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Felt recoil / choices available

Discussion in 'Handguns: Autoloaders' started by Dean1818, Mar 25, 2011.

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  1. Dean1818

    Dean1818 Member

    Jun 26, 2010
    I have a couple of questions to put to the knowledgeable folks on the forum

    I personally like the 40 cal round for CCW and personally do not mind the recoil.
    (My current IWB CCW is a Bersa 40 UC)

    I very much want to train my family on all my hand guns, and what happens is my teenage son and I both do fine with the 40s, BUT...... my wife HATES it, as well as my daughter (she's 13 and light as a feather)

    When not shooting with the family, I would of course go back to my 180 grain "normal" ammo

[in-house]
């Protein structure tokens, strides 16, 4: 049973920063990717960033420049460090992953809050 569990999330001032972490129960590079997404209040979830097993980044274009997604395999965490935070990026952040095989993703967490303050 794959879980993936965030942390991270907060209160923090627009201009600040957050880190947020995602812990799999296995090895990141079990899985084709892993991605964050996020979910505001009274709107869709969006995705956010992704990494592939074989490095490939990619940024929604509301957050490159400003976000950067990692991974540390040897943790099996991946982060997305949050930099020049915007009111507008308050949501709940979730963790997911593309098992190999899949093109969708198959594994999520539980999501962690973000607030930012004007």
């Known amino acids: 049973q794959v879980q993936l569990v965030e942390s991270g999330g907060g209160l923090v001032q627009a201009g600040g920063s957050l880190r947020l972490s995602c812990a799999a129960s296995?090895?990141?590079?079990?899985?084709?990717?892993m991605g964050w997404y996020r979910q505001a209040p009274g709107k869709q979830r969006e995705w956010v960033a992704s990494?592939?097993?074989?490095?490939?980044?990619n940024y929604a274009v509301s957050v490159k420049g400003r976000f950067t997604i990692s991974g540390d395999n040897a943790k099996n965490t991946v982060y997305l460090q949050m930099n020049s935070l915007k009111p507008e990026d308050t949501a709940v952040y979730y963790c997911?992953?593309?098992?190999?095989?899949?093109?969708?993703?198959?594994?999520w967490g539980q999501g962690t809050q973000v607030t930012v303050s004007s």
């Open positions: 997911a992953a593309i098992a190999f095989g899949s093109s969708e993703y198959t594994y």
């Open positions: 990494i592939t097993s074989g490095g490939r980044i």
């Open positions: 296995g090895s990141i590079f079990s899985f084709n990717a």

So now to my questions

    1) I usually shoot 180 grain 40 cals. I see some Speer lawman at 155 grain.

    Should I expect to get LESS recoil from a lighter bullet?

    I am not a reloader, so my options do not include making my own bullet.

    2) Are there other brands of less recoil ammo for 40 that you are aware of?

    If I cant come up with a solution, I may have to step to a 9mm. I am thinking of selling one of my 40s
    If it cant be done
    Last edited: Mar 25, 2011
  2. bartman06

    bartman06 Member

    Mar 17, 2010
    Salt Lake City, Utah
    I hesitate to say anything because I know that there are more knowledgeable people here but here are some of my thoughts. You can get milder recoil ammo but Felt recoil is subjective and your featherweights may never like it. And it usually cost more or is less in stock.

    I do recall that the heavier the gun typically the less felt recoil but then you have another problem...the heavier gun.

    Another option i could think of would be to take them to a range and see if a 9mm is acceptable to them(recoil wise), my thought is if that is still to much then a .22lr might be a good place to start until another solution is found.

    Good luck
  3. LiveLife

    LiveLife Member

    Jan 10, 2010
    Northwest Coast
    I have introduced and transitioned many new/female shooters to 40S&W and from 9mm.